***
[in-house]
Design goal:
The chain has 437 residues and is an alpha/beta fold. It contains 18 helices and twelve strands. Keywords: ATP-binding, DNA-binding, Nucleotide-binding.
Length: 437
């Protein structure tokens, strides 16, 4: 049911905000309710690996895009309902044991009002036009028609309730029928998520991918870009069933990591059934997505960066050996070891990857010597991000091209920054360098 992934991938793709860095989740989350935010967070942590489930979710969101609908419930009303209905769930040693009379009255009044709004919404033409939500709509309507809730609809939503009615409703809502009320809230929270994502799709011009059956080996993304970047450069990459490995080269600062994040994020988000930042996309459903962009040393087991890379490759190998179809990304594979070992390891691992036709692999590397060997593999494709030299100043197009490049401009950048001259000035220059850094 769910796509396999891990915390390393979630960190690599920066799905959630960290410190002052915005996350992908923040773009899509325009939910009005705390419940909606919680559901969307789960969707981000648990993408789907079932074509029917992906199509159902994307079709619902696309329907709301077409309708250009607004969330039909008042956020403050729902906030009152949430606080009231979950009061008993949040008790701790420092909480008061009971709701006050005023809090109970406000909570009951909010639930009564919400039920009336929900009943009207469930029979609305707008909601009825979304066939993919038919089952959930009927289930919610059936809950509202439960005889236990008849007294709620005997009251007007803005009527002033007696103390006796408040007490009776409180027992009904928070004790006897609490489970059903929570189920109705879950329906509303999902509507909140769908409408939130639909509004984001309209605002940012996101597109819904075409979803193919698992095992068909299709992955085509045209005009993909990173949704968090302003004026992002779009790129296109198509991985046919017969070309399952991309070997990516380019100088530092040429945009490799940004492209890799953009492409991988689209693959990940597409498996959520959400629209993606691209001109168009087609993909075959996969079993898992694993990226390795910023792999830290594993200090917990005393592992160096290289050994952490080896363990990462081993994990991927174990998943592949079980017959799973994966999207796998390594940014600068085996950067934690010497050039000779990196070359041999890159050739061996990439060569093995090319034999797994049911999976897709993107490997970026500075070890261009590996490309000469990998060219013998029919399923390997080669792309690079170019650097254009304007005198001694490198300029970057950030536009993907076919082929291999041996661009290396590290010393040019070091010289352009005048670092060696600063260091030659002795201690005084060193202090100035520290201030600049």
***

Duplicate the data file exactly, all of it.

[in-house]
Design goal:
The chain has 437 residues and is an alpha/beta fold. It contains 18 helices and twelve strands. Keywords: ATP-binding, DNA-binding, Nucleotide-binding.
Length: 437
């Protein structure tokens, strides 16, 4: 049911905000309710690996895009309902044991009002036009028609309730029928998520991918870009069933990591059934997505960066050996070891990857010597991000091209920054360098 992934991938793709860095989740989350935010967070942590489930979710969101609908419930009303209905769930040693009379009255009044709004919404033409939500709509309507809730609809939503009615409703809502009320809230929270994502799709011009059956080996993304970047450069990459490995080269600062994040994020988000930042996309459903962009040393087991890379490759190998179809990304594979070992390891691992036709692999590397060997593999494709030299100043197009490049401009950048001259000035220059850094 769910796509396999891990915390390393979630960190690599920066799905959630960290410190002052915005996350992908923040773009899509325009939910009005705390419940909606919680559901969307789960969707981000648990993408789907079932074509029917992906199509159902994307079709619902696309329907709301077409309708250009607004969330039909008042956020403050729902906030009152949430606080009231979950009061008993949040008790701790420092909480008061009971709701006050005023809090109970406000909570009951909010639930009564919400039920009336929900009943009207469930029979609305707008909601009825979304066939993919038919089952959930009927289930919610059936809950509202439960005889236990008849007294709620005997009251007007803005009527002033007696103390006796408040007490009776409180027992009904928070004790006897609490489970059903929570189920109705879950329906509303999902509507909140769908409408939130639909509004984001309209605002940012996101597109819904075409979803193919698992095992068909299709992955085509045209005009993909990173949704968090302003004026992002779009790129296109198509991985046919017969070309399952991309070997990516380019100088530092040429945009490799940004492209890799953009492409991988689209693959990940597409498996959520959400629209993606691209001109168009087609993909075959996969079993898992694993990226390795910023792999830290594993200090917990005393592992160096290289050994952490080896363990990462081993994990991927174990998943592949079980017959799973994966999207796998390594940014600068085996950067934690010497050039000779990196070359041999890159050739061996990439060569093995090319034999797994049911999976897709993107490997970026500075070890261009590996490309000469990998060219013998029919399923390997080669792309690079170019650097254009304007005198001694490198300029970057950030536009993907076919082929291999041996661009290396590290010393040019070091010289352009005048670092060696600063260091030659002795201690005084060193202090100035520290201030600049």